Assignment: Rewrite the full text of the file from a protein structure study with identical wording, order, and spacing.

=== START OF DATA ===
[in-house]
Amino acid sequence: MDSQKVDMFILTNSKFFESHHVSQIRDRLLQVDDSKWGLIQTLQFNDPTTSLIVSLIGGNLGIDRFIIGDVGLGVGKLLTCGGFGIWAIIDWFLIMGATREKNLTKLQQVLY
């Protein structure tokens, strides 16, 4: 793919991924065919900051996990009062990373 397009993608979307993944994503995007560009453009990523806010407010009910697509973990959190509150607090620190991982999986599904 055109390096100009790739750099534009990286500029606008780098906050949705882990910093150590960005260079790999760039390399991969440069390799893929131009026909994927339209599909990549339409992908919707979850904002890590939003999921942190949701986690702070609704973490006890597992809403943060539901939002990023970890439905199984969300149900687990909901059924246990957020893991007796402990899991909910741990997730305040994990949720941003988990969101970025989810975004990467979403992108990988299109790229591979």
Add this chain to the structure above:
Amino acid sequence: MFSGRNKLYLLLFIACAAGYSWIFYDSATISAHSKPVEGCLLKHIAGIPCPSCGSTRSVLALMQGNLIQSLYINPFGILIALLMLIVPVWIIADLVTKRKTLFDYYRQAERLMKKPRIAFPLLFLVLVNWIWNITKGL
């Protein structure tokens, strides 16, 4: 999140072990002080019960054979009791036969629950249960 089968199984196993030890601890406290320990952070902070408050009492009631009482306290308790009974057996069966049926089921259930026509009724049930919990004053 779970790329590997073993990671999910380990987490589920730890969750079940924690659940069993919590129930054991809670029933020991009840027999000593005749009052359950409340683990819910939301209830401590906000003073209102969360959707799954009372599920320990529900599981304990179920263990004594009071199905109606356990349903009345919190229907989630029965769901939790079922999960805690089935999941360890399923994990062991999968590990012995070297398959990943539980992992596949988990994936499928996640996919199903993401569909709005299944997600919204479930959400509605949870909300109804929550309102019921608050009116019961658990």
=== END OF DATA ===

[in-house]
Amino acid sequence: MDSQKVDMFILTNSKFFESHHVSQIRDRLLQVDDSKWGLIQTLQFNDPTTSLIVSLIGGNLGIDRFIIGDVGLGVGKLLTCGGFGIWAIIDWFLIMGATREKNLTKLQQVLY
């Protein structure tokens, strides 16, 4: 793919991924065919900051996990009062990373 397009993608979307993944994503995007560009453009990523806010407010009910697509973990959190509150607090620190991982999986599904 055109390096100009790739750099534009990286500029606008780098906050949705882990910093150590960005260079790999760039390399991969440069390799893929131009026909994927339209599909990549339409992908919707979850904002890590939003999921942190949701986690702070609704973490006890597992809403943060539901939002990023970890439905199984969300149900687990909901059924246990957020893991007796402990899991909910741990997730305040994990949720941003988990969101970025989810975004990467979403992108990988299109790229591979």
Add this chain to the structure above:
Amino acid sequence: MFSGRNKLYLLLFIACAAGYSWIFYDSATISAHSKPVEGCLLKHIAGIPCPSCGSTRSVLALMQGNLIQSLYINPFGILIALLMLIVPVWIIADLVTKRKTLFDYYRQAERLMKKPRIAFPLLFLVLVNWIWNITKGL
């Protein structure tokens, strides 16, 4: 999140072990002080019960054979009791036969629950249960 089968199984196993030890601890406290320990952070902070408050009492009631009482306290308790009974057996069966049926089921259930026509009724049930919990004053 779970790329590997073993990671999910380990987490589920730890969750079940924690659940069993919590129930054991809670029933020991009840027999000593005749009052359950409340683990819910939301209830401590906000003073209102969360959707799954009372599920320990529900599981304990179920263990004594009071199905109606356990349903009345919190229907989630029965769901939790079922999960805690089935999941360890399923994990062991999968590990012995070297398959990943539980992992596949988990994936499928996640996919199903993401569909709005299944997600919204479930959400509605949870909300109804929550309102019921608050009116019961658990």